The president of Mercedes-Benz North America, Mike Jackson, said the seminal moment came in 1993 when the company decided to go for a total brand approach and deep-six all tactical activities like rebating and subsidized leases. Mercedes moved toward innovative and emotional products and toward creating aspiration rather than admiration. "We had to define the brand in new ways that made more sense to the people we were after, which was, and is, people within our income demographic, but somewhat younger than the 50- to 52-year-old average age buyer we had at the time," Jackson said.
In the late 1980s Mercedes and other European auto makers had been trounced by Japanese manufacturers of less expensive, better-built cars. The Wall Street Journal Europe said Mercedes and the other European companies renewed their focus on quality and value and learned to give customers what they wanted. What they wanted were vehicles like the Mercedes M-Class sport-utility. Mercedes also equipped its cars with features the consumer wanted, even mundane features like coffee cup holders. "Before, we were convinced we had to educate U.S. customers not to drink coffee when they drove," said Juergen Hubbert, a Daimler-Benz board member. "They responded by buying the other guys' cars." In 1998 the $33,950 Mercedes M-Class had five cup holders.
Mercedes also decided to build a car for Americans in America. It opened its Tuscaloosa, Alabama, plant to produce the sport-utility vehicle that would compete directly with Ford Explorer and Jeep Grand Cherokee. The Alabama plant eliminated the exchange-rate risk and saved 10-20 percent in labor costs.
MERCEDES-BENZ U.S. SALES
1993—61,899; 1994—73,002; 1995—76,752; 1996—90,844; 1997—122,265; 1998—170,245
Another key to the strategy was a focus on building customer relationships. For example, two years before releasing its first sport-utility vehicle, Mercedes built a customer base through an eight-piece direct-mail campaign. The campaign yielded a database of more than 100,000 names of people who said they were interested in buying the new car. With each mailing Mercedes included a survey, and it dropped every prospect who did not return it. Ranging from 5 to 50 percent, the response rate "blew us away" said Al Weiss, director of marketing communications. Weiss called the campaign a litmus test to see if the company could maintain a dialogue with customers.
Mercedes said its relationship building extended to its Internet site, where it created an S-class preview in November of 1998. Prospective buyers were sent only information they requested. If they asked only about performance, and not about safety or features, they were sent only performance information via E-mail or regular mail. "The more we tailor the communication to the prospect based on their feedback, the more excited the customer gets at a faster pace," said Bill Hurley, manager of new media and relationship marketing.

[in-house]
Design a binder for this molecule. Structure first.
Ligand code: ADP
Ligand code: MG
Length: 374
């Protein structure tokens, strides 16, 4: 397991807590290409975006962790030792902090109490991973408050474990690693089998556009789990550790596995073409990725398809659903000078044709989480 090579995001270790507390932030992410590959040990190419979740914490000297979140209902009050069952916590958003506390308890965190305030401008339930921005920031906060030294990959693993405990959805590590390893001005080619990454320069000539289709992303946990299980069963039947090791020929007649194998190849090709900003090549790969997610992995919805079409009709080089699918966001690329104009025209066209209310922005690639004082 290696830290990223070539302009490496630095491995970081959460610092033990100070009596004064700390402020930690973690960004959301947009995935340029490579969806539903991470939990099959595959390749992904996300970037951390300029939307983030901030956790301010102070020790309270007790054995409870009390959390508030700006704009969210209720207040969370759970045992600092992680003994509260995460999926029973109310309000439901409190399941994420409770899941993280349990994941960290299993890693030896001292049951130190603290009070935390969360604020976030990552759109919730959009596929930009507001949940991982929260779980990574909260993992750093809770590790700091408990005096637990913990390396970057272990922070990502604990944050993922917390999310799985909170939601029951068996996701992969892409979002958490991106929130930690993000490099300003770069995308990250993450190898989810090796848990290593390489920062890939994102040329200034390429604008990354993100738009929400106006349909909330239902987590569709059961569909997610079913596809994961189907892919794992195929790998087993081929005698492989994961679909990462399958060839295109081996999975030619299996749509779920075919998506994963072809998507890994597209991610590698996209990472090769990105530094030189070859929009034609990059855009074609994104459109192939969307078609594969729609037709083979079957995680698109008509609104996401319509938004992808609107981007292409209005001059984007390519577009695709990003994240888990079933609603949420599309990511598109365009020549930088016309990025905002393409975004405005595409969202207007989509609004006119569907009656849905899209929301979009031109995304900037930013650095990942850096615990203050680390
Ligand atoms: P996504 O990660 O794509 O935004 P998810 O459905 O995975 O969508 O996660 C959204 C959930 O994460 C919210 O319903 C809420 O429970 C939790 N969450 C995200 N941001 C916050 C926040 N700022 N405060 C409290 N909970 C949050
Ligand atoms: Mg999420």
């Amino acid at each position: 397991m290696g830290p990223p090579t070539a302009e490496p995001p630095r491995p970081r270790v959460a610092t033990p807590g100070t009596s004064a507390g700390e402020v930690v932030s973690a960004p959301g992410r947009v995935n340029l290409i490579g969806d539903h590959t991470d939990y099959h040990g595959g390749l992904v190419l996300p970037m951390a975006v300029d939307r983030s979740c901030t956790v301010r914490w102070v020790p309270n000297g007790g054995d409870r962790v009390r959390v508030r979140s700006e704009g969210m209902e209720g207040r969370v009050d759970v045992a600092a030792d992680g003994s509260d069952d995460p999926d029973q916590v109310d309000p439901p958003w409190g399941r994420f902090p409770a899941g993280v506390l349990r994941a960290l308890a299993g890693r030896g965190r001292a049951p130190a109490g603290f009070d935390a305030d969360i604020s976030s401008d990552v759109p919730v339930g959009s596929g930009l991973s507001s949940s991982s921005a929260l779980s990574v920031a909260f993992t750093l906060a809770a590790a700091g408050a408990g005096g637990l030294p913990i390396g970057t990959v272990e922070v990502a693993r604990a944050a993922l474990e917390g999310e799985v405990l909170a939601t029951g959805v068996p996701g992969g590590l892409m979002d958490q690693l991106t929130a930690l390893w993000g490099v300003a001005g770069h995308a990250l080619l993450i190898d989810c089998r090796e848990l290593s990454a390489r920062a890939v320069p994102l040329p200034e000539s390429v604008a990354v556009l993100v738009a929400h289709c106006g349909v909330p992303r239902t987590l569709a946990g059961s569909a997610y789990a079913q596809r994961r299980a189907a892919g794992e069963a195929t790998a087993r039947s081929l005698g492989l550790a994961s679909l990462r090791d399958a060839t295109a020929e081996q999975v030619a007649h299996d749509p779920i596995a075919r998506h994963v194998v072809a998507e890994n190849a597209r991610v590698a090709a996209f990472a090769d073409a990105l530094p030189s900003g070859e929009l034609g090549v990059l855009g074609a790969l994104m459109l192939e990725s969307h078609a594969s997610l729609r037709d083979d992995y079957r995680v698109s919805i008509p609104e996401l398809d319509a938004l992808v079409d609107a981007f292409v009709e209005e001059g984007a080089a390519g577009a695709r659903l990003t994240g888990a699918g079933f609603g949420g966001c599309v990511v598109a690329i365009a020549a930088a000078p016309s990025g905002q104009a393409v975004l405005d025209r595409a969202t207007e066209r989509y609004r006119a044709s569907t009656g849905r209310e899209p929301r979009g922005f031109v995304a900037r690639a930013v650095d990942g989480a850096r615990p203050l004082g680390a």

"Before 1994, the company was communicating 'the best car,'" Jackson told Brandweek. "Since the plan was put in place, we have been trying to inspire the consumer to feel 'the best car for me.' There is a big difference … You have to have a certain connection. You can't sit up there on a pedestal as an icon."
On Wednesday, January 7, 1998, one of the "Passion" spots, "Falling in Love Again," was named the year's best television commercial at the third annual International Automotive Advertising Awards. The spot also won an ADDY as the best single ad for automotive advertising at the 13th annual Best of New York American Advertising Awards.
In the February 9, 1999, issue of the New York Times, Stuart Elliott said Lowe's campaigns for Mercedes had been among the most honored in advertising, and sales increased substantially after the agency gained the account in November of 1993. The fall 1997 launch of the M-Class provoked a buying frenzy. Showrooms across the country reported huge crowds. Total company sales, which had increased more than 35 percent from 1996 to 1997, jumped another 39 percent in 1998.
"What was very effective was the dialogue of listening to the concerns of the people we invited to the relationship marketing, responding in a meaningful, knowledgeable way, and keeping that dialogue going through the whole process. The success of the relationship marketing program led to the situation where we have extraordinary demand for M-Class, which has been a sales success," said Jackson.
"Benz in the Road." Brandweek, October 26, 1998.
Chappell, Lindsay. "Shift in Viewing: Mercedes Scores with Hot M-Class." Advertising Age, April 6, 1998, p. S27.
Henry, Jim. "ML320 Launch Taught Mercedes a New Way To Attract Customers." Automotive News, October 13, 1997, p. 13M.